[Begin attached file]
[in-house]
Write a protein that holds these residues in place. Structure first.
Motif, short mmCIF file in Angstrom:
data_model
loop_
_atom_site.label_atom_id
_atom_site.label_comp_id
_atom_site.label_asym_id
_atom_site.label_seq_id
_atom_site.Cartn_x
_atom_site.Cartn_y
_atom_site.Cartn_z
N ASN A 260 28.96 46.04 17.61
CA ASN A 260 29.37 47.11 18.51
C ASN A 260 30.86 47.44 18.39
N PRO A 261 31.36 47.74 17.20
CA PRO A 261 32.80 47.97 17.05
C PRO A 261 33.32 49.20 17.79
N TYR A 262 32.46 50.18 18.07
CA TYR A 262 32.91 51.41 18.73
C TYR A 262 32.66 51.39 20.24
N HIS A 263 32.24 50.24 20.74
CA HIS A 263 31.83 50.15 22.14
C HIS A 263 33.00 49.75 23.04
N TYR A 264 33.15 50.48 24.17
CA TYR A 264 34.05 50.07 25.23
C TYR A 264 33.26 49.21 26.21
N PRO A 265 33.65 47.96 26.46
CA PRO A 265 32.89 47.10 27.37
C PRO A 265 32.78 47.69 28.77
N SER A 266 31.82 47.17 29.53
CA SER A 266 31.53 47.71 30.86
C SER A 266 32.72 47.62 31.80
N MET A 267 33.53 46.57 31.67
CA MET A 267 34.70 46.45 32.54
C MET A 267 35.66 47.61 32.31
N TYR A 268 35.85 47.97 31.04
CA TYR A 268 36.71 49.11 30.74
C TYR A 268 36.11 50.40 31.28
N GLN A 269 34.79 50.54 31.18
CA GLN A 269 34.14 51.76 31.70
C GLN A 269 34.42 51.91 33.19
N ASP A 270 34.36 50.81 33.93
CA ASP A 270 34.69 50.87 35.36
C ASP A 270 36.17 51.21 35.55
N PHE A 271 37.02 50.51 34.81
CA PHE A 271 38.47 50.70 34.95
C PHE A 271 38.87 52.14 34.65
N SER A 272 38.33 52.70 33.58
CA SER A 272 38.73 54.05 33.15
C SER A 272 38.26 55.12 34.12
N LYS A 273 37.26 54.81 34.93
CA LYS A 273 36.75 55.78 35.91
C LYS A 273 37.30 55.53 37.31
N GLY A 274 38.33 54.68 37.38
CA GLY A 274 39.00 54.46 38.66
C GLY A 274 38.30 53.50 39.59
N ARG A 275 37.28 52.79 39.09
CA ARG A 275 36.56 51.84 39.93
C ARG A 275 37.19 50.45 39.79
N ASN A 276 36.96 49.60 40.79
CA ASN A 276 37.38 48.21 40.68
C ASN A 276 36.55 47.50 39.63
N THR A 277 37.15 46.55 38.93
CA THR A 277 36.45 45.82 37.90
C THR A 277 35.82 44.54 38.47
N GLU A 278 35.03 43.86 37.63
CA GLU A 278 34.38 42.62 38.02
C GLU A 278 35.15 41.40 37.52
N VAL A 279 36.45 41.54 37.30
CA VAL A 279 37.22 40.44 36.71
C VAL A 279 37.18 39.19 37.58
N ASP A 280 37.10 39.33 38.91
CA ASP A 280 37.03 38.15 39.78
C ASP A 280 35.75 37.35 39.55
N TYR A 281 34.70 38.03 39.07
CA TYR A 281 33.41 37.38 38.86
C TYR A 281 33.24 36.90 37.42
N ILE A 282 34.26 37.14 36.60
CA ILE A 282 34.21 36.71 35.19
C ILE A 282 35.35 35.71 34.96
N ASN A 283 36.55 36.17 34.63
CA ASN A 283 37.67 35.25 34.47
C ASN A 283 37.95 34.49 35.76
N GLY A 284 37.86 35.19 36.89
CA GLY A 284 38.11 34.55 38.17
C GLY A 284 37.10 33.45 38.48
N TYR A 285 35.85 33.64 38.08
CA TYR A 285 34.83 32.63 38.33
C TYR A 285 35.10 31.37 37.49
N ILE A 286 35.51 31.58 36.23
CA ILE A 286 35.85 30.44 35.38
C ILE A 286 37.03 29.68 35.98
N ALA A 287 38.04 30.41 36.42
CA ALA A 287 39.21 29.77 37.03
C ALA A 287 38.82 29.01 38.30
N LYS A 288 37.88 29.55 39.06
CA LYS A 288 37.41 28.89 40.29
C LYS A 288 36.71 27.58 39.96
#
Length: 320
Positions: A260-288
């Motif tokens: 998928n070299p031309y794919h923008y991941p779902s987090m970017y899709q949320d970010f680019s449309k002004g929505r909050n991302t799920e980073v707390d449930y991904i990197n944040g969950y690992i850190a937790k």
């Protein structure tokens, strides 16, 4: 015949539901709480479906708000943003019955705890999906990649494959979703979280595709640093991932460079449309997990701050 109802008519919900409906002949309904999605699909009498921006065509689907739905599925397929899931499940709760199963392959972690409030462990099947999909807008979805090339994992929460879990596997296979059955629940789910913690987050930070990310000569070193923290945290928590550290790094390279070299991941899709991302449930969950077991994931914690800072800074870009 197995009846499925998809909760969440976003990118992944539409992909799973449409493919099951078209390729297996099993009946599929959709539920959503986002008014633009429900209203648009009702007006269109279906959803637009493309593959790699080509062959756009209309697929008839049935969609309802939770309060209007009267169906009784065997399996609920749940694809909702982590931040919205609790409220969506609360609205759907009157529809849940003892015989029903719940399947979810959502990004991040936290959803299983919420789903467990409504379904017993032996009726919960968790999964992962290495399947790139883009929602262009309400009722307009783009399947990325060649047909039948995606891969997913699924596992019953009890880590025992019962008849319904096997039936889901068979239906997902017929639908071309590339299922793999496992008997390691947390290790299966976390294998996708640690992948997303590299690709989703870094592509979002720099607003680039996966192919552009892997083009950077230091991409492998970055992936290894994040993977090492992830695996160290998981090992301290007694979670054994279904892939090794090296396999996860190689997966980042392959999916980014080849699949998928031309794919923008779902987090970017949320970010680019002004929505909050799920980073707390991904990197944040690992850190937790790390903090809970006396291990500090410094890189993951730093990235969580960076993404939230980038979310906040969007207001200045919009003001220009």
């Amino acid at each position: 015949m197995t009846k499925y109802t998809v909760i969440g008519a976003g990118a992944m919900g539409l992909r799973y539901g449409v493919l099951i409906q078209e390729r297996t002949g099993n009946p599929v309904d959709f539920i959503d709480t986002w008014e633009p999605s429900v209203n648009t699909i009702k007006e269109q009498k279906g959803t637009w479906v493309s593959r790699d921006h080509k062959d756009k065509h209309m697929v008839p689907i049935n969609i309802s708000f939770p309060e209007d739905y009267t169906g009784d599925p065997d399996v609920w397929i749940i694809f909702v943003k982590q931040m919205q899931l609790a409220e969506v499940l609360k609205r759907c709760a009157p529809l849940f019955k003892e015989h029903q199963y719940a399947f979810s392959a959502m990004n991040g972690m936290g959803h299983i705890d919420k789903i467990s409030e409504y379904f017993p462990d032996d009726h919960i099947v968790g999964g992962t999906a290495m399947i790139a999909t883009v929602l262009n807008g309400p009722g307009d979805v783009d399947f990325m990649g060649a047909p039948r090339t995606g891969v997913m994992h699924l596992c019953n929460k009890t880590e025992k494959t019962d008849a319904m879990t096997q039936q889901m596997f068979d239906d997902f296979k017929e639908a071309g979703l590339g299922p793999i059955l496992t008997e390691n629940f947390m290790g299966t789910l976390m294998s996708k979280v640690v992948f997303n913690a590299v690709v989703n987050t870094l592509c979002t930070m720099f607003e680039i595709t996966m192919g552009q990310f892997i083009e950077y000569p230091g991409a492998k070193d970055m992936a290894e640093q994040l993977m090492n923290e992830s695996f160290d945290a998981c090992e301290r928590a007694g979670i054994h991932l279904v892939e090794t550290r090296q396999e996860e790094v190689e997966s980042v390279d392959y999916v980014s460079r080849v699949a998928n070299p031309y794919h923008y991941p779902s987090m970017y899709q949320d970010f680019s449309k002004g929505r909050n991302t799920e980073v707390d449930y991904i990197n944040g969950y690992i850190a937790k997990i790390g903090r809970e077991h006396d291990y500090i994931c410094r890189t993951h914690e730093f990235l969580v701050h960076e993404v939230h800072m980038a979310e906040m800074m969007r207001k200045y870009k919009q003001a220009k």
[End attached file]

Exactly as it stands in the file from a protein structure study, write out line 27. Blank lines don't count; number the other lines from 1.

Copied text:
C TYR A 264 33.26 49.21 26.21